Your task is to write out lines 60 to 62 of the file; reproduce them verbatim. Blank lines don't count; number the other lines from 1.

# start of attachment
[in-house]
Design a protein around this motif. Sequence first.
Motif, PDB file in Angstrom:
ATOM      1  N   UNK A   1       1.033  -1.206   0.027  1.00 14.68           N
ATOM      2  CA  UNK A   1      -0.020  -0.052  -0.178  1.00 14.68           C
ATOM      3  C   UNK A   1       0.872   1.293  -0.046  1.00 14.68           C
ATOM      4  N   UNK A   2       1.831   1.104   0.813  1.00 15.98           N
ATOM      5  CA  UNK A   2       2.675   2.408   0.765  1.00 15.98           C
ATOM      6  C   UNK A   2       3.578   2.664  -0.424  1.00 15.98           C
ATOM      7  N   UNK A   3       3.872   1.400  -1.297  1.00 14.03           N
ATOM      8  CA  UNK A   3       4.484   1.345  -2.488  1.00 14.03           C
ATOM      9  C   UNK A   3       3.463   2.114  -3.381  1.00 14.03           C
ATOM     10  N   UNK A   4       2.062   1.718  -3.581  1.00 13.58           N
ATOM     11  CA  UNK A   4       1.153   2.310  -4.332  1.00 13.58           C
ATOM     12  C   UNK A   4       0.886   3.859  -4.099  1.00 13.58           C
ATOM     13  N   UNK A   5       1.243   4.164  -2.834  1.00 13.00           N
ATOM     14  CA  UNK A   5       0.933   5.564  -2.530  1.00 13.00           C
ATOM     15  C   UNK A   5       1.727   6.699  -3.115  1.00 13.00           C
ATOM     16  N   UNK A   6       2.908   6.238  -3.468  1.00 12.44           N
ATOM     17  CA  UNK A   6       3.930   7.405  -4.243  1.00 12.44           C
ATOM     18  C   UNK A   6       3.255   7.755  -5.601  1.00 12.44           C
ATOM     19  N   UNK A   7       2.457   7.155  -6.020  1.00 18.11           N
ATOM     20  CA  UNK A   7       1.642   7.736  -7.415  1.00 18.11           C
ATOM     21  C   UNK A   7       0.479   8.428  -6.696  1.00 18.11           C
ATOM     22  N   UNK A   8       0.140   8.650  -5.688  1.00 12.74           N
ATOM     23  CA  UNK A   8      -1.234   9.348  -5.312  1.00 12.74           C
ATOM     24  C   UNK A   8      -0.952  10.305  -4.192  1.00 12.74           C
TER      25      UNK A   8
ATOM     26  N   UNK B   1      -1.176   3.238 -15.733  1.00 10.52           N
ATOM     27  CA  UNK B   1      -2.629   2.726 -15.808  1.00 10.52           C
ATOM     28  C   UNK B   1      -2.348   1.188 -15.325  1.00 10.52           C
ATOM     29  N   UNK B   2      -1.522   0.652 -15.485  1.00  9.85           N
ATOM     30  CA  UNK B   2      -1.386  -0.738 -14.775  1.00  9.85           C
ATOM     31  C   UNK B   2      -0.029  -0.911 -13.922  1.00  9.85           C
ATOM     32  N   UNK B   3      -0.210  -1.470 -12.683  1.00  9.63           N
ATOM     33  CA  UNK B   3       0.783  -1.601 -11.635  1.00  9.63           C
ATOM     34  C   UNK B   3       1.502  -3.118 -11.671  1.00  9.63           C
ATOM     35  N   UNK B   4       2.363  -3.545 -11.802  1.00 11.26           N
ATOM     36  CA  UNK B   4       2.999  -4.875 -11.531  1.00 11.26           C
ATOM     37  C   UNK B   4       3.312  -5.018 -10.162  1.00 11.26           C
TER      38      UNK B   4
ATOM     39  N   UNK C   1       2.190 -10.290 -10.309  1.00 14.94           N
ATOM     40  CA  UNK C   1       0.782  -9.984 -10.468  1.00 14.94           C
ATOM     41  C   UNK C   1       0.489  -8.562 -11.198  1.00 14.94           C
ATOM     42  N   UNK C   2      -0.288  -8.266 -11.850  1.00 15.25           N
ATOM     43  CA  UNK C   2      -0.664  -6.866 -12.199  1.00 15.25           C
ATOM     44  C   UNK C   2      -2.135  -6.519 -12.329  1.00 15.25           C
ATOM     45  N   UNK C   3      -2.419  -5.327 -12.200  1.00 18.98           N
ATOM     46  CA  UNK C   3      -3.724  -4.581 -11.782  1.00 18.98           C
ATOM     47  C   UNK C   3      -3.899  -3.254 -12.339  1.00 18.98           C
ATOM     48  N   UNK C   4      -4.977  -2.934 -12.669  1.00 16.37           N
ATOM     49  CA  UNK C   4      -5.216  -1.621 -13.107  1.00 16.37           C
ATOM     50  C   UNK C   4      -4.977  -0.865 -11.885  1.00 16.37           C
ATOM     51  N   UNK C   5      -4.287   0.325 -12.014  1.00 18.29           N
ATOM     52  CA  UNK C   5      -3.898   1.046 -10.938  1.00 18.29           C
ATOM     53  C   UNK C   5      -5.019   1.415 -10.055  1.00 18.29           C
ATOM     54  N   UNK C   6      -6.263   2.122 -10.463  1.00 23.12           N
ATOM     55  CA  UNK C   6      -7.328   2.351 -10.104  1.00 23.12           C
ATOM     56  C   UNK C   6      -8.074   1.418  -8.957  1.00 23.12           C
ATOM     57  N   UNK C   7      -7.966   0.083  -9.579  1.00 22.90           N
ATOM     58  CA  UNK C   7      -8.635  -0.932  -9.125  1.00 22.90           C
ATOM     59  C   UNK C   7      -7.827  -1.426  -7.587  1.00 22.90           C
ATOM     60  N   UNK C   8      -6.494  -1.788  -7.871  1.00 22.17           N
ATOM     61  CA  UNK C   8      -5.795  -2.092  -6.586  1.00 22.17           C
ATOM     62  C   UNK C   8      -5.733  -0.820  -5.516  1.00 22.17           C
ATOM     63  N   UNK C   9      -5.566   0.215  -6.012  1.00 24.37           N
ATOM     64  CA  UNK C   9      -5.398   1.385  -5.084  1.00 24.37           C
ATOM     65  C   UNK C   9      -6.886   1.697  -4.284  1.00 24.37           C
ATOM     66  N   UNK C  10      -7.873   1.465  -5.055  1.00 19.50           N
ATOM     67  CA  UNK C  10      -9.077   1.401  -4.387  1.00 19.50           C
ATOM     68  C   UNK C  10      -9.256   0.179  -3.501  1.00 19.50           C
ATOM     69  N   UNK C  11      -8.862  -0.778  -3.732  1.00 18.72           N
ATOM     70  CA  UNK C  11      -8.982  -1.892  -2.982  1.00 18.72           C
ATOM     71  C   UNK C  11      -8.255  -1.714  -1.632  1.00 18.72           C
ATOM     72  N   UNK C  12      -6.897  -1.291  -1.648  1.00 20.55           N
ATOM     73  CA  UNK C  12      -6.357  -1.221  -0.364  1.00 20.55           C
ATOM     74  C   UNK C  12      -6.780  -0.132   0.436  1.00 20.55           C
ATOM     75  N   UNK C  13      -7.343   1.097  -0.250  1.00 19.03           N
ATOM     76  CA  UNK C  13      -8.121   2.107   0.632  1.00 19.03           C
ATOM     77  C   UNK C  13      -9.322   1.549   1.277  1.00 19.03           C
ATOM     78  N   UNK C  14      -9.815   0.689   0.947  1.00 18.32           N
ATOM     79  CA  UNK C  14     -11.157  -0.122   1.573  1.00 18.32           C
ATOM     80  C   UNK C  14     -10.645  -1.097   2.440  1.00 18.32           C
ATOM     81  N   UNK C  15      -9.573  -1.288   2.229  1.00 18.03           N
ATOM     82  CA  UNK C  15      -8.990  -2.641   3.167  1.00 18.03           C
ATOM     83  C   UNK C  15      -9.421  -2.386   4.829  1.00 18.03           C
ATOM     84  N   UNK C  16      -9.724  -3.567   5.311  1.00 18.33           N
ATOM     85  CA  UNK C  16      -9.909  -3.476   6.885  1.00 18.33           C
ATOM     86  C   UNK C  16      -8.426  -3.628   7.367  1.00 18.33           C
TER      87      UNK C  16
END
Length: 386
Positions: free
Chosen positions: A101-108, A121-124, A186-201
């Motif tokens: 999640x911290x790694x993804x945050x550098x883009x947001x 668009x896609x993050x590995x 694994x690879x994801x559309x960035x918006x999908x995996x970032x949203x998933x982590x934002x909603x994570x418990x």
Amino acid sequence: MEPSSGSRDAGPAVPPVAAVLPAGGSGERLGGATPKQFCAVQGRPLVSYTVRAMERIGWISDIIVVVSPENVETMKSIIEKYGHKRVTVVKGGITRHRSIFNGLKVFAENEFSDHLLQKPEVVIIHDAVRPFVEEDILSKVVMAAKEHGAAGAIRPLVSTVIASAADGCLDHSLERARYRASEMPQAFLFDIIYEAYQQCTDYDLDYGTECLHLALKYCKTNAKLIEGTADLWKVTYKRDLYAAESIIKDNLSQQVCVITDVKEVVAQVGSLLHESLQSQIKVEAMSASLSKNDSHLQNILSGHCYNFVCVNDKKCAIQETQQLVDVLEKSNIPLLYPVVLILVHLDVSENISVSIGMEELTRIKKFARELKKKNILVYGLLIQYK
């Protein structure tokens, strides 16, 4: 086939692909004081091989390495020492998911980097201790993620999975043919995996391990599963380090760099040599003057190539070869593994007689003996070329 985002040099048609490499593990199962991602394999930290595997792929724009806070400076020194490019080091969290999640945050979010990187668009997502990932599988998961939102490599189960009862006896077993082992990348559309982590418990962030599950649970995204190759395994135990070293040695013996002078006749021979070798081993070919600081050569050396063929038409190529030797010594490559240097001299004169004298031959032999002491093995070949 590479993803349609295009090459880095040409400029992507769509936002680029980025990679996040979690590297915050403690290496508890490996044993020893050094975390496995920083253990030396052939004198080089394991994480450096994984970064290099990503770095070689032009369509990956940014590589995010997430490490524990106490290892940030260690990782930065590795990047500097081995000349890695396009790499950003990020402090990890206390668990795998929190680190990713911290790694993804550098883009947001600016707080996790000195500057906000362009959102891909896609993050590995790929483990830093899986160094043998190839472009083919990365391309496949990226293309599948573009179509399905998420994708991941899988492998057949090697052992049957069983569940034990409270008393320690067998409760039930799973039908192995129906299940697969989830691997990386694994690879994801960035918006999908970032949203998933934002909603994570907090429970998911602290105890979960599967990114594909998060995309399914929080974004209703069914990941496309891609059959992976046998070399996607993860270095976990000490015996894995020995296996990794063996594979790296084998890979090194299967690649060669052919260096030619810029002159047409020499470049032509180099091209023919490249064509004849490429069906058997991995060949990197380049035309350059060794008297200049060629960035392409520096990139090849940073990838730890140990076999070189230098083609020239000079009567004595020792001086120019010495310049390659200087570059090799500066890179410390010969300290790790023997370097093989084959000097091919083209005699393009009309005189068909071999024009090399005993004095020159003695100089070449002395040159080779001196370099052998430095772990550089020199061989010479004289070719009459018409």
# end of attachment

ATOM     57  N   UNK C   7      -7.966   0.083  -9.579  1.00 22.90           N
ATOM     58  CA  UNK C   7      -8.635  -0.932  -9.125  1.00 22.90           C
ATOM     59  C   UNK C   7      -7.827  -1.426  -7.587  1.00 22.90           C